Arthur Capper Memorial - Garnett, Kansas
The Arthur Capper Memorial in Garnett, Kansas marks the site of the former birth home of the first native born Governor of Kansas.
Arthur Capper was born in Garnett, Kansas, to Herbert and Isabella McGrew Capper on July 14, 1865. Young Arthur sold newspapers at the age of 10. He received a toy printing press as a gift at the age of 12, which he used to print advertising handbills and cards for Garnett businesses.
At the age of 13, Arthur started working as a "printer's devil" at the Garnett Journal. A printer's devil is an apprentice in a printing office who did such things as mixing tubs of ink, running errands, setting and fetching type.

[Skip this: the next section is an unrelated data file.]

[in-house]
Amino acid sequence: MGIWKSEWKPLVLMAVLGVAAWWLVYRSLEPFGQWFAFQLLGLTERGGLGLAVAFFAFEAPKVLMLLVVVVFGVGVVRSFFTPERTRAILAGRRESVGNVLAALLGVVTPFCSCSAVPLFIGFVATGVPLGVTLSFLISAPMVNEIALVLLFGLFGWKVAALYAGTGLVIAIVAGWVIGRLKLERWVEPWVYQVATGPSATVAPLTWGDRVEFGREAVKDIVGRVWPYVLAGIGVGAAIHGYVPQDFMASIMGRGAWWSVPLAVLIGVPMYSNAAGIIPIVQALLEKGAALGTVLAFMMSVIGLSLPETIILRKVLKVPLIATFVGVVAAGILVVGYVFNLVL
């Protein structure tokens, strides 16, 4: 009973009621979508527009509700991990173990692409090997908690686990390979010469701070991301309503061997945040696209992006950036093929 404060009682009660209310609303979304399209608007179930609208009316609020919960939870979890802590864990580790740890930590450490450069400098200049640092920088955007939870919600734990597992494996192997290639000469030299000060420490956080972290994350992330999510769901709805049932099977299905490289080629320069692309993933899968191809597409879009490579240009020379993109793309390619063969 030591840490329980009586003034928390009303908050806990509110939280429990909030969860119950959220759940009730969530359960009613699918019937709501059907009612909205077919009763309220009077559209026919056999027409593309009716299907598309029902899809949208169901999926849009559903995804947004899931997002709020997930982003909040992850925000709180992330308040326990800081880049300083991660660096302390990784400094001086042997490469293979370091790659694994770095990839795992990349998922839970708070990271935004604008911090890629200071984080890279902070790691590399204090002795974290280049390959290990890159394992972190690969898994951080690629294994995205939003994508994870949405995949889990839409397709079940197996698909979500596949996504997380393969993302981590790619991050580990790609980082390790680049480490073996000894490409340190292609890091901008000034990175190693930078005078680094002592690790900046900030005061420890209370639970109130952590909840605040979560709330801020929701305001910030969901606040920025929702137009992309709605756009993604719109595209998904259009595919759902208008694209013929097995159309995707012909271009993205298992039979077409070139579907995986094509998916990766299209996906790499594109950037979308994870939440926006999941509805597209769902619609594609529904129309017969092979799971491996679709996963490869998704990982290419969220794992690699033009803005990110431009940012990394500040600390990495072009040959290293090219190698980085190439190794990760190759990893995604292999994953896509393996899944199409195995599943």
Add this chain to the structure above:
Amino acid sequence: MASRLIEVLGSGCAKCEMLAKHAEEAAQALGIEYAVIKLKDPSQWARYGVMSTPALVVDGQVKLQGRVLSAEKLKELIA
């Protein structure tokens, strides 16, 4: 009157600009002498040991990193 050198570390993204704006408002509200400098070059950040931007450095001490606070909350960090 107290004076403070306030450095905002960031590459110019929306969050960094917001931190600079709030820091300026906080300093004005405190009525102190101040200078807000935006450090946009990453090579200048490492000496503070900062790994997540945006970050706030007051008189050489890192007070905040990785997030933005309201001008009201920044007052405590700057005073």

Upon graduation from Garnett High School, he moved to Topeka, Kansas and went to work typesetting for the Topeka Capital. Capper was an ambitious, hard worker and was soon writing for the paper as well. In time, he purchased the Topeka Mail and Topeka Breeze. Eventually he became the owner of the Topeka Capital and added more publications, including Capper's Weekly. He also purchased one of the first radio stations in Kansas, WIBW.
Capper developed employees who he treated like partners and was able to turn over the businesses to his employees and have a career in politics. He was a two term governor of the State of Kansas and when term limits prevented his running for a third term, he ran for US Senator, where he won five consecutive terms, serving from 1919-1949, and retiring at the age of 83. Over the years he did many things for young people, including the founding of the Capper Foundation for Crippled Children and the youth agricultural clubs which eventually merged to become 4-H.
Arthur Capper died on December 19, 1951 and was buried in Topeka Cemetery.
LS-7/17 copyright 2017 by Keith Stokes